The term ”dyslexia” simply means ”trouble with words” in Latin. But when we speak of dyslexics, we’re talking about individuals who primarily have difficulty decoding words, thus making the act of reading (and writing) an onerous task, unless and until they receive intensive instruction in phonemic awareness and other literacy skills. However, while the ”deficit” is what’s often most apparent with dyslexics, it’s becoming more apparent that dyslexics have strengths as well.
Howard Gardner’s theory of multiple intelligences (MI theory) permits us to see both the strengths and challenges in individuals diagnosed with dyslexia. Gardner suggests that there are at least eight (and possibly nine) intelligences. These include the intelligence of words, numbers and logic, pictures, the body, music, nature, social interaction, self-knowledge, and possibly the intelligence of concern with ultimate life issues (existential intelligence). Right away we can see that dyslexics seem to have their deficits in only one of these intelligences: linguistic intelligence (Word Smart), and only in certain aspects of that intelligence that involve literacy. Many people with dyslexia are actually great storytellers, memorizers, poets, orators, and more, which are also part of Word Smart.
Recent research has suggested that people diagnosed with dyslexia have special strengths, including spatial reasoning, three-dimensional thinking, ”big picture” perception, and entreprenerial acumen (see The Dyslexic Advantage (Revised and Updated): Unlocking the Hidden Potential of the Dyslexic Brain by Brock and Fernette Eide). In terms of Howard Gardner’s MI theory, dyslexics seem to have strengths, then, in visual-spatial intelligence (Picture Smart), and also in the interpersonal and intrapersonal intelligences (People Smart and Self Smart) necessary to envision and run a successful business (examples of famous entrepreneurs with dyslexia include Charles Schwab, Richard Branson, Henry Ford, and Steve Jobs).
Fortunately, there’s been a lot of attention given to the strengths of dyslexia, so that the stigma associated with it is not nearly as strong as it was twenty years ago (in fact, it’s almost a little hip to be dyslexic these days, at least in some circles). Yale University even has a special program, The Yale Center for Dyslexia and Creativity, to help articulate the connections between reading and a wide range of abilities (their site includes biographies of famous dyslexics). The theory of multiple intelligences gives an extra boost of credibility and understanding for how a person could be good in one area (e.g. spatial reasoning) and have difficulties in another area (e.g. reading and writing). MI theory essentially helps to explain why we’re all so different, even within our own cognitive profiles.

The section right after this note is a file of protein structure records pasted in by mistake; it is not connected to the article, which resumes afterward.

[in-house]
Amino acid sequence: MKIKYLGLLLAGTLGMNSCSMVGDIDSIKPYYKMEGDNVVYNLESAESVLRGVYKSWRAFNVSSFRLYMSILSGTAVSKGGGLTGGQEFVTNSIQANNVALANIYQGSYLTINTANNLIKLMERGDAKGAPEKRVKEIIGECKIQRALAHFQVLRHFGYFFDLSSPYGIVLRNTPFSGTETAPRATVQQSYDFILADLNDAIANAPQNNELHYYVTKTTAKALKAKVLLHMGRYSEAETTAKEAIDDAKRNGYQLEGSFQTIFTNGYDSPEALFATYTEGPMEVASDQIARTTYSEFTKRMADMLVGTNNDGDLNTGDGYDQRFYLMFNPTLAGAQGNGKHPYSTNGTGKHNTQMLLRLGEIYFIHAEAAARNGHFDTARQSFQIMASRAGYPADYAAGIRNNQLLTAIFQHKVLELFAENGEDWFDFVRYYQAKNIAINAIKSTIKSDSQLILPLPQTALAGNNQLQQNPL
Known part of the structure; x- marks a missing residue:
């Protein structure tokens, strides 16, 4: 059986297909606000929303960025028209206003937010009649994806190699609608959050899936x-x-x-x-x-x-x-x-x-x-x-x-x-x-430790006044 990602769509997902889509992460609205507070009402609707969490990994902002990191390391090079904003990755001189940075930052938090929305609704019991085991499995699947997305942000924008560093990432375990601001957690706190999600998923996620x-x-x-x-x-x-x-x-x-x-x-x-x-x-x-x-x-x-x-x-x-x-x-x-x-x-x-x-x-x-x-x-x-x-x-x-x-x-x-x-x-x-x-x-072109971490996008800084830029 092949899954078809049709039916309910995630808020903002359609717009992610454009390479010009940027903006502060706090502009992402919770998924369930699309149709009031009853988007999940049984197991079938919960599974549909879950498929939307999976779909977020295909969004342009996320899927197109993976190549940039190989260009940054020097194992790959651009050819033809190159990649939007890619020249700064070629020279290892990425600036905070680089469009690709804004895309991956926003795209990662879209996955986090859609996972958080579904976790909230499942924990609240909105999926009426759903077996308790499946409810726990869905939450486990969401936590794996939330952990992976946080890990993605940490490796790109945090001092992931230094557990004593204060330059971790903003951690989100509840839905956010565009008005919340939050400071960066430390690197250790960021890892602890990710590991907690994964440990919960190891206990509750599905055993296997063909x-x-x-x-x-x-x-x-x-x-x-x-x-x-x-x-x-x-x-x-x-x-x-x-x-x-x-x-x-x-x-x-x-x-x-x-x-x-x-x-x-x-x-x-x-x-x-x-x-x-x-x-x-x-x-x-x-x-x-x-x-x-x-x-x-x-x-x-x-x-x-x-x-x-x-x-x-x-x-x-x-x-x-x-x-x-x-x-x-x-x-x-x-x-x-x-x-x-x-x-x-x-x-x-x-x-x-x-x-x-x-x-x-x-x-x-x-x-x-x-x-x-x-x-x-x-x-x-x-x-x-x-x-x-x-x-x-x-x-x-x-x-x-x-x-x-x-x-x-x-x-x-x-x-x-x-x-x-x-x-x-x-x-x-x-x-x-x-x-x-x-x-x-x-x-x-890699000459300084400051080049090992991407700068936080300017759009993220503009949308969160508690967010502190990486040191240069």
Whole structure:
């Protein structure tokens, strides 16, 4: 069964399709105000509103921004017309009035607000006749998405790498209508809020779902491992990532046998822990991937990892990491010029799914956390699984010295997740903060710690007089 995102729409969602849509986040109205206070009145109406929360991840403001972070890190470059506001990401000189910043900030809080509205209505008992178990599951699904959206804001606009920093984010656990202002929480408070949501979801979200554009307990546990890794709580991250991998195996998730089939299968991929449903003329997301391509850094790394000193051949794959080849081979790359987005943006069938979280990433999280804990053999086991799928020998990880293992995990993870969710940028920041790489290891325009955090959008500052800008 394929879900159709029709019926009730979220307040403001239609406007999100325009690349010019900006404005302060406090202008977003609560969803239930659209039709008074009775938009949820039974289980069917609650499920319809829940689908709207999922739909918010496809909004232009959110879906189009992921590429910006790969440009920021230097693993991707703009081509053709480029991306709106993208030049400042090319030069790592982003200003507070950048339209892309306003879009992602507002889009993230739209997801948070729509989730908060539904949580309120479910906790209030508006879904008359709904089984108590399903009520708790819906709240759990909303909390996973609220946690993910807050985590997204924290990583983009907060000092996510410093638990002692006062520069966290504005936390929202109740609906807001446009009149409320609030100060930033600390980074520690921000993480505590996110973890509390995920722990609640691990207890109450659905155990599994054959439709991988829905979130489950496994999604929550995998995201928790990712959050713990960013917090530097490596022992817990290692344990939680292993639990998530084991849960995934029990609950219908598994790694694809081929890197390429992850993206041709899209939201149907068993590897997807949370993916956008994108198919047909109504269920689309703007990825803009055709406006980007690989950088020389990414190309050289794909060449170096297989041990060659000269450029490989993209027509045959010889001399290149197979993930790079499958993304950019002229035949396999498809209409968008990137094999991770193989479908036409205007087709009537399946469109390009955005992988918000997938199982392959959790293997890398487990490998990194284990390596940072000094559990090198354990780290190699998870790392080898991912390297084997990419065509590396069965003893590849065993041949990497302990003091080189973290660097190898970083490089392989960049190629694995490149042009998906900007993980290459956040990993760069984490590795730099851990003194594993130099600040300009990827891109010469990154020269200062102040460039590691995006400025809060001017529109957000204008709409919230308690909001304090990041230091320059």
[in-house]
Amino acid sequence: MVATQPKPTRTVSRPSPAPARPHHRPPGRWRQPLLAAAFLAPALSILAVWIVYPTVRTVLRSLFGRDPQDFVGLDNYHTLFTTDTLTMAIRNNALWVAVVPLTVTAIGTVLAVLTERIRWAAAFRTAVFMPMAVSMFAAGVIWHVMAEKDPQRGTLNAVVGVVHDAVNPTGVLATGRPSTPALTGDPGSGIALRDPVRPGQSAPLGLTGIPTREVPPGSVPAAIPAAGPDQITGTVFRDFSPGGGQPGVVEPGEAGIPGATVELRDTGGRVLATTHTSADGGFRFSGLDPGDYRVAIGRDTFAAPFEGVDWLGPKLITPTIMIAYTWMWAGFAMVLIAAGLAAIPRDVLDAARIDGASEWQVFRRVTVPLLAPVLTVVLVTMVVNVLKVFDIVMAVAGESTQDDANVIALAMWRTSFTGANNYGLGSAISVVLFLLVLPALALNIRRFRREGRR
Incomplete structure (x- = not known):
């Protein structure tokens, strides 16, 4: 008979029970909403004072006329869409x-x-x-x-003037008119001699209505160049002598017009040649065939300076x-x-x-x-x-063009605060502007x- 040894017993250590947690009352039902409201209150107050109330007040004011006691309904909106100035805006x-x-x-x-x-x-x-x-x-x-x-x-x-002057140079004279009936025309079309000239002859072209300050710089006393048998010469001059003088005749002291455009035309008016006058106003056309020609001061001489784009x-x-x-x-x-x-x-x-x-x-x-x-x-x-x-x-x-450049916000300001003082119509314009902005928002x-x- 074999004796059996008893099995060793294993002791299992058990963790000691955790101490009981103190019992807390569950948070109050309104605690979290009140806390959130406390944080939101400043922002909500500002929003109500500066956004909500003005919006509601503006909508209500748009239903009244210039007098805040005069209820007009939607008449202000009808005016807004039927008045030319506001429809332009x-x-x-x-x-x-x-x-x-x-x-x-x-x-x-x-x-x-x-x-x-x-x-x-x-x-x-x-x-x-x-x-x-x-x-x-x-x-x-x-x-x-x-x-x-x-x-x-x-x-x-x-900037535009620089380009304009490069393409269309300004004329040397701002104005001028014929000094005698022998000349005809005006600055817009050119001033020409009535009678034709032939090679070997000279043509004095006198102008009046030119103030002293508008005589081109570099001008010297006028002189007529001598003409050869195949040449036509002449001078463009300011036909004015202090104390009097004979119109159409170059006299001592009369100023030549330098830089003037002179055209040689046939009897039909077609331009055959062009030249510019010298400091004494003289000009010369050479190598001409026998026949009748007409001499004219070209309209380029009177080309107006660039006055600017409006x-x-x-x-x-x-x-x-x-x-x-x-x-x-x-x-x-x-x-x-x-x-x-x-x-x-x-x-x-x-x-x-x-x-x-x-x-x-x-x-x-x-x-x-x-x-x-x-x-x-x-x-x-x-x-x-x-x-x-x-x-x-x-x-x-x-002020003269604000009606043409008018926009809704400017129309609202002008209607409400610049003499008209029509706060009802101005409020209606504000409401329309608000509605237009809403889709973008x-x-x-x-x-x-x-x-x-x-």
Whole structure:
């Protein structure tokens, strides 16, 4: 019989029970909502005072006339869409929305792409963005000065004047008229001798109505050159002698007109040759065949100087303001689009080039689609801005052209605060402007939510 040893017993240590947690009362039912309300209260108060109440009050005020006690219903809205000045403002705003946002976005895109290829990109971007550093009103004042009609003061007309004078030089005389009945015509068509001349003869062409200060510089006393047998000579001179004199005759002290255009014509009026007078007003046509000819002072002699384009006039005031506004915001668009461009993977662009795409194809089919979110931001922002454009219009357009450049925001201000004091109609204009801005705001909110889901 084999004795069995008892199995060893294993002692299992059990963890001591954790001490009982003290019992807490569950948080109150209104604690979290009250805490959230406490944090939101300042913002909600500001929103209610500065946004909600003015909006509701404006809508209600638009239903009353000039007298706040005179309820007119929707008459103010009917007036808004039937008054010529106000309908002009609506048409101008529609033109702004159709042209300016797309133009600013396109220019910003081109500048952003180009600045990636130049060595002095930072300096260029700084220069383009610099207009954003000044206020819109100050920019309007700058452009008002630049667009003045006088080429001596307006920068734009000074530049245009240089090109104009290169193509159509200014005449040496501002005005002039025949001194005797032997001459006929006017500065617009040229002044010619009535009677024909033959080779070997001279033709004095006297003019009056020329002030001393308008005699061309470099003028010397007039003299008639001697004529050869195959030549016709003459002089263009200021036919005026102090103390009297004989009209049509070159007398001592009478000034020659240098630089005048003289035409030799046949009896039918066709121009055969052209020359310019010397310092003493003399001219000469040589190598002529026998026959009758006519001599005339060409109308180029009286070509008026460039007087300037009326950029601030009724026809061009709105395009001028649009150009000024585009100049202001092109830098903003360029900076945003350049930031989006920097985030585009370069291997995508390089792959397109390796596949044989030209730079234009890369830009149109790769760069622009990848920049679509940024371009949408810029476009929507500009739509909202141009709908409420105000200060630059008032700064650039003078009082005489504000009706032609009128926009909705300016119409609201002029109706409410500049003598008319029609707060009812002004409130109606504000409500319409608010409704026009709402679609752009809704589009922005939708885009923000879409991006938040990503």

For more information about Gardner’s theory of multiple intelligences, get my practical guides to multiple intelligences for:
- Adult learners (7 Kinds of Smart: Identifying and Developing Your Multiple Intelligences)
- Educators who teach children and adolescents — kindergarten through high school (Multiple Intelligences in the Classroom, 4th edition) and/or
- Parents (In Their Own Way: Discovering and Encouraging Your Child’s Multiple Intelligences).
This blog post was brought to you by Thomas Armstrong, Ph.D. and www.institute4learning.com.
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